There is also the common misbelief that updating Windows devices every month is over the top and difficult. Whilst this is less true today, I certainly have no issues with everything on Auto-Update, Microsoft is paying for the crimes of the past and it will take some time to shake this stigma
Failure #3 – The Big One – The Anti Trust Case
Remember the Anti Trust case that Microsoft faced?? (http://en.wikipedia.org/wiki/United_States_v._Microsoft) All of this was simply about including IE in Windows. IE, an internet browser, who’s competition, Mozilla (www.firefox.com) and Opera (www.opera.com) and others, gave their product away for the price of $0.00 FREE!!!
The Anti Trust case, in my opinion has scared Microsoft and it’s OEM partners. Yet such as case has never been bought against Apple for bundling Safari, or a twitter client, or iCAL, or iChat or Facetime or Time Machine or Address Book and so the list goes on. The advantage here is that when it comes to OS X, for the home user most of the applications they are going to want, or need, are there in the box When they’re not the Mac App Store is just a click away. Yes I am aware of the Microsoft Store in Windows 8, I’ll get to that in another post.
Ever see driver issues on a Mac?? Of course not a closed ecosystem ensures that is not the case. Microsoft can simply not compete with this.
What Microsoft need is their OEM’s to start putting apps on the box for the customer, or better still, do it by default in Home Editions of Windows. The Live suite is a fantastic set of apps. Yet few people would know you can connect Messenger to Facebook Chat, probably Skype soon as well. The photo gallery app, can look for faces and tag them automatically. The application I’m using right now Live Writer is great for blogs.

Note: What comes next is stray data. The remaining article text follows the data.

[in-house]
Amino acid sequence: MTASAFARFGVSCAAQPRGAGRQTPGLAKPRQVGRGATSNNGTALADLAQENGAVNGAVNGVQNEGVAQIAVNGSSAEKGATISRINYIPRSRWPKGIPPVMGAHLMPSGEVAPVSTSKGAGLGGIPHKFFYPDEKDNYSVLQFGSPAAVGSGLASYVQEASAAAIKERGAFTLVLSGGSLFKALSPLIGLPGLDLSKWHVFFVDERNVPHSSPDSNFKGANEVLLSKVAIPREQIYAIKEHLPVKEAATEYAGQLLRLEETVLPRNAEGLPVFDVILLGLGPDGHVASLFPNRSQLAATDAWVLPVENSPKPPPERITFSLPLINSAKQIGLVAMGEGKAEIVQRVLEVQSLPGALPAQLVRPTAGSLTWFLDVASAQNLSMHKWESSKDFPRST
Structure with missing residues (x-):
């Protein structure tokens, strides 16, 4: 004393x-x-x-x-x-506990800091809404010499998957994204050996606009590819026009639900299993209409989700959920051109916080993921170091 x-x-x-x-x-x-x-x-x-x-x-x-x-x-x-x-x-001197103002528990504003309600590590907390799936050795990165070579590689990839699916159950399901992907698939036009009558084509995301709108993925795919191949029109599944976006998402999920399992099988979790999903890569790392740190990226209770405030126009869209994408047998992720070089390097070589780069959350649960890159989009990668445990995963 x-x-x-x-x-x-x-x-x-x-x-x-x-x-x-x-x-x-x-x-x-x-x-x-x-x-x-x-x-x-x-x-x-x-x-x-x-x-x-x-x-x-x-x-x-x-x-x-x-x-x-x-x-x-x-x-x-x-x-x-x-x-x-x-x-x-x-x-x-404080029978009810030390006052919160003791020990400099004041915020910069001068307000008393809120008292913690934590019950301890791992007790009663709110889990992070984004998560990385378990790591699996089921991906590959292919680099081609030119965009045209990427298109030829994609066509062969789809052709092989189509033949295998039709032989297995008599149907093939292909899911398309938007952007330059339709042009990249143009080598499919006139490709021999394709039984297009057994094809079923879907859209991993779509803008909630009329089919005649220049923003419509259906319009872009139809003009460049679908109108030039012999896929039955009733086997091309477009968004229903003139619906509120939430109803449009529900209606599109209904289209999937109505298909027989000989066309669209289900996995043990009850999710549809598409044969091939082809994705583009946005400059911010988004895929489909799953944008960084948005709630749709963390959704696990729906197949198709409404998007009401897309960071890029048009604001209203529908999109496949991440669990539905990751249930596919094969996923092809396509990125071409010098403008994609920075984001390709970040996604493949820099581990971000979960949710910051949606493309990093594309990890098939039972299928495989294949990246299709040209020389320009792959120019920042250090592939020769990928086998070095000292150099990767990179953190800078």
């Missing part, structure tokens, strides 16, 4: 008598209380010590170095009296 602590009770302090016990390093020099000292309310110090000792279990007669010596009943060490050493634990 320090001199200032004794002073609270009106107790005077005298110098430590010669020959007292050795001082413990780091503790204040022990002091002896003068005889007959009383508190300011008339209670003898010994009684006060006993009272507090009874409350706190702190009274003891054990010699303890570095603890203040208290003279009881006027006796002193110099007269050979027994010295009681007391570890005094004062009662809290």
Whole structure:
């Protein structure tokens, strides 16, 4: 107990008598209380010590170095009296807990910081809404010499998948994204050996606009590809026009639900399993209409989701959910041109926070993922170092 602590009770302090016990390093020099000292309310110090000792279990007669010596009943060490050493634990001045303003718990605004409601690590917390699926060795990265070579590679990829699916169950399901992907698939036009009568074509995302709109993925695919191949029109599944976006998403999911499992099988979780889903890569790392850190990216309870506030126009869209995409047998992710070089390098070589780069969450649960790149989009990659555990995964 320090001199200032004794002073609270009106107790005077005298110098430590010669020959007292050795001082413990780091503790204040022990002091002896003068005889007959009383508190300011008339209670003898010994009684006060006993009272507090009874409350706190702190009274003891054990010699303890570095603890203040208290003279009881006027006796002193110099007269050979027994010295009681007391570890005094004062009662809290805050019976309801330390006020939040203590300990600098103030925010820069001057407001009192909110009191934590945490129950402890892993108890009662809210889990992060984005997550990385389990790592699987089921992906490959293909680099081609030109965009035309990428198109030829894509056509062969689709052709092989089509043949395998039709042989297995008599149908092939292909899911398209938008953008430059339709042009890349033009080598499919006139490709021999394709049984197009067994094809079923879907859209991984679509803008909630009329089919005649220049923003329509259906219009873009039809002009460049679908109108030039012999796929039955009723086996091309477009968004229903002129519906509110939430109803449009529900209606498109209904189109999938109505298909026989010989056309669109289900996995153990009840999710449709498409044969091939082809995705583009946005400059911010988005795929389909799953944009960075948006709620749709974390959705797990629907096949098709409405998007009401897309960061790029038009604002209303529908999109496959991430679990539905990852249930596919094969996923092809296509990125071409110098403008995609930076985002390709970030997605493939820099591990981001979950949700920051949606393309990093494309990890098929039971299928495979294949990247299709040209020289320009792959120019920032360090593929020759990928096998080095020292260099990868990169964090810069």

Further more they need to include Office with every copy of Windows sold outside the corporate environment. The number of programs that enable users to get Office for almost nothing are plentiful. There is the Office University Program (http://www.microsoft.com/student/office/en-au/default.aspx), the Home and Student Program (http://office.microsoft.com/en-au/home-and-student/) and the Home Use Program under Software Assurance (http://www.microsoft.com/licensing/software-assurance/home-use-program.aspx). Why bother Microsoft? Simply add it to the Home Editions of Windows along with Live.
Additionally I would place stricter controls on OEM’s ability to bundle bloatware with the OS. Any software which mimics that features already in Windows should not be allowed. Further encouraging users to look at the rich features buried in the OS and sell them as benefits as Apple does with the 250 features of OS X (http://www.apple.com/au/macosx/whats-new/features.html). Unfortunately this would probably end up with Microsoft back in court.
Possible Failure #4 – 1 OS
This failure probably sits closely along side failure #1. I understand what Microsoft are attempting to do in this space, by more closely aligning the Desktop OS and the Phone OS they are making it easier for developers to transport code between the platforms. Good idea? Let’s look at the other players in this space.
Apple has IOS is a tablet and phone OS with OS X for the desktop. Whilst many of the now familiar gestures, such as pinch and zoom, work on the touchpad the desktop itself is quiet different.
Android, similar story, the tablet / slate OS is more aligned to the phone and it would have to be said you’d be looking at a Linux distribution for a real desktop equivalent.
Why then would Microsoft try and align all three? Sure as stated earlier it’s easier on Dev’s but.. is it really want the customer base wants? I can’t see why not.. Remember when the iPad launched and the non-fanboi’s looked at it as a giant iPhone that didn’t make phone calls. I even blogged about it 8 months ago (http://www.mickhuxley.com/?p=136) and asked “Why do I need a separate device for creating and consuming content? “